So, as the move to boycott Stoli and other Russian vodkas gains steam, some people are going to find themselves in tough corners: wanting to help, but not being able to convince straight bar owners to join the boycott.
While politically savvy and activist gay bar owners, workers, and patrons will be right on board, gay bars alone probably won't do the trick of economically hurting SPI and getting the oligarchs to pressure Putin to reverse course on homophobic laws and discrimination. The boycott needs to move to sports bars, hotel bars, mainstream restaurants that serve booze, and every corner bar in the land for it to succeed.
Changing one's twitter avatar won't get that done. Many straight bar owners won't care, or won't want to risk otherwise positive relationships with distributors (who give them discounts on this, that, and the other booze, beyond the Russian brands they handle). The liquor business is all about such quid pro quos and other personal relationships.
The joint I work at one night a week, for instance, is pretty lefty (it was long known as the "hippie bar" in the 'hood) but many long-time regulars swill Stoli like it's mother's milk (they claim it minimizes hangovers; I think not getting drunk minimizes hangovers even better, but whatever). I doubt very much that even my liberal-minded boss would go along with a boycott of Stoli; too many regulars would get angry (though it would have an effect: our distributor once told us we were the biggest black-label Stoli account in Illinois).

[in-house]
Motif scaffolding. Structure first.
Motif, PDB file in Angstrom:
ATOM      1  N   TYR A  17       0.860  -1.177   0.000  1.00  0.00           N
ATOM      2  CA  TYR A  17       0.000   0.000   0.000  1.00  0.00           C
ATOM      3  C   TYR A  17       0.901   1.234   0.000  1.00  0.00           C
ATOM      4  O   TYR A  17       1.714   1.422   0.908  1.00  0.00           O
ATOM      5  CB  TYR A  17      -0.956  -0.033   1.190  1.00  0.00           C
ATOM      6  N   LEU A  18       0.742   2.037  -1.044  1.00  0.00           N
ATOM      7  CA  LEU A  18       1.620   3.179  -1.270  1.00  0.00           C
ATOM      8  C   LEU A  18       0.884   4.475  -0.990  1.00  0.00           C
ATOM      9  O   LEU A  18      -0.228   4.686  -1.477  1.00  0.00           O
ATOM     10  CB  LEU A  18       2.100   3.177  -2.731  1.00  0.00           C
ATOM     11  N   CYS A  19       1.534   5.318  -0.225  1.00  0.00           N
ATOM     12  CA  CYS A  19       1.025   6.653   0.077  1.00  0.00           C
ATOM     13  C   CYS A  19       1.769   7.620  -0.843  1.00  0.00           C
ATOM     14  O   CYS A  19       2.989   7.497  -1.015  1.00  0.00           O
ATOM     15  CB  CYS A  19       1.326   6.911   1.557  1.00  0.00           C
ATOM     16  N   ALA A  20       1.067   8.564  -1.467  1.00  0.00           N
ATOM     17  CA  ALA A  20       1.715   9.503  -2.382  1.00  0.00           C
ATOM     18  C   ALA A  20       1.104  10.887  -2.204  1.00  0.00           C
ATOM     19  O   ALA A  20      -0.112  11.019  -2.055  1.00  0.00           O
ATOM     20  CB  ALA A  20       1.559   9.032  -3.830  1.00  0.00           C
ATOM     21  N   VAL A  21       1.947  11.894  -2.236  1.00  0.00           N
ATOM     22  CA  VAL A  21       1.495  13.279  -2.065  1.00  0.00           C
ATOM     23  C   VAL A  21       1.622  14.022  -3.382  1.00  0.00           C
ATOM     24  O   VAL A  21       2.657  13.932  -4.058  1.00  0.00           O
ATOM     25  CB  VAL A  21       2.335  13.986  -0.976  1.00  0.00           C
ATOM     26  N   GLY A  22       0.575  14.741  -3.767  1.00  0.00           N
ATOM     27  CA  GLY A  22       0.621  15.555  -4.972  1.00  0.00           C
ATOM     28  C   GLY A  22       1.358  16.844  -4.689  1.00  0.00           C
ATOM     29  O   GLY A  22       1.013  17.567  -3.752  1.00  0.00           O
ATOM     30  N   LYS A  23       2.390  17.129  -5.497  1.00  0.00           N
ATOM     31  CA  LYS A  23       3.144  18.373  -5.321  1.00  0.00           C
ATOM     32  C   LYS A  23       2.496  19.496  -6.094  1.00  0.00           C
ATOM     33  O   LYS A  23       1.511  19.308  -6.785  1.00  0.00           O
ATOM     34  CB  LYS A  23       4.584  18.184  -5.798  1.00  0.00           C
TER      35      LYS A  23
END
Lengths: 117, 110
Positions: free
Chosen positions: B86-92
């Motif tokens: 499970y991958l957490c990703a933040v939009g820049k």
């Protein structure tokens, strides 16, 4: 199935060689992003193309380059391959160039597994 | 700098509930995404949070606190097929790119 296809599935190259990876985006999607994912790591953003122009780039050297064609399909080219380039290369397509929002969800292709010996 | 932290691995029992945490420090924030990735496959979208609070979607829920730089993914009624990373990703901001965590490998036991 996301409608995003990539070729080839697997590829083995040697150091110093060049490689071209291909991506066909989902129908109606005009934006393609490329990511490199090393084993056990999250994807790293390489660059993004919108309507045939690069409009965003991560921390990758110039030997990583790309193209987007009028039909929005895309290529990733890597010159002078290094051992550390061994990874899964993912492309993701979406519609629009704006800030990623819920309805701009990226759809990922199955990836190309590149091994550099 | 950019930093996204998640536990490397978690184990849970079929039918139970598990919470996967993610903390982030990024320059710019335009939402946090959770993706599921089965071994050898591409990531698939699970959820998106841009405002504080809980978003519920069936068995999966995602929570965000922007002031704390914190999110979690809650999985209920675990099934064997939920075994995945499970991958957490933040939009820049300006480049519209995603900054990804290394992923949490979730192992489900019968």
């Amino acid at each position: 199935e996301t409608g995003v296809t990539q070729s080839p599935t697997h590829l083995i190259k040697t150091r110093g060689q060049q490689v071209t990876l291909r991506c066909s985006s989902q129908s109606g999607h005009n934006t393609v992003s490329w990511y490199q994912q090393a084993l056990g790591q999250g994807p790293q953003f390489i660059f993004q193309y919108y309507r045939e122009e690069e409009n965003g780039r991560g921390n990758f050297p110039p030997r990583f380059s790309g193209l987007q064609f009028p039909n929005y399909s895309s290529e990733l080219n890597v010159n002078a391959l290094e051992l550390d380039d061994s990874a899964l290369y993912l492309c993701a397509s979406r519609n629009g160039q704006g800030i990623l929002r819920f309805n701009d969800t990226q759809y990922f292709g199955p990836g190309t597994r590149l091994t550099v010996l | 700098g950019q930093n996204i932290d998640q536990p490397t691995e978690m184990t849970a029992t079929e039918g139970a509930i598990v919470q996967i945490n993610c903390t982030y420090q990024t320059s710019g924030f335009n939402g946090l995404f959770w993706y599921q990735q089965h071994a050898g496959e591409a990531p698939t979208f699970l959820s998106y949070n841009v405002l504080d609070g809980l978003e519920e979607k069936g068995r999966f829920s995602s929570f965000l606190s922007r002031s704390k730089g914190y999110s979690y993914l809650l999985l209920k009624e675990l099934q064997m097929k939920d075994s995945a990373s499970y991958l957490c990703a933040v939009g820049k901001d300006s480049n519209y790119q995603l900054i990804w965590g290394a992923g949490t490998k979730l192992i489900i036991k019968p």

But on my shift? We're out of Stoli, sorry.
As an individual bartender, I can refuse to sell Stoli, just as I refuse to make "Irish car bombs" (having known people in Ireland for whom such devices were not a joke, I would no more make one than I would order a "hijacked jetliner" in lower Manhattan). Now, I'm lucky enough to work at a joint where the owner would let me get away with this, and I work solo so I don't have a co-worker to win over.
Many bartenders are not so lucky. Regulars might complain to middle management (the scourge of the "hospitality industry") and get a bartender in hot water for not giving a customer what the customer wanted, especially if it was displayed right there on the shelves (I took our Stoli down last night. . . ).
But refusing to serve Stoli is another strategy, one that gays working in non-gay joints and straight allies everywhere can use to spread the boycott (in effect if not literally) beyond gay bars. All bartenders and servers can and should recommend another vodka, and explain the political situation and the boycott to the customer. If the customer demands Stoli, fine, serve it to avoid getting fired. But I suspect many customers will be happy to have Absolut instead.
In short: gay bar Stoli boycotts are the way to start, but individual servers in the entire liquor business could have an even wider effect, even if a formal boycott never takes hold in most straight-oriented establishments.
So, bartenders and servers of America: if you cannot get your bosses to boycott Stoli, pretend you are out of it. If pretending you are out of it will get you fired, try to talk your customers into another brand. If that doesn't work, well, at least you've spread the word.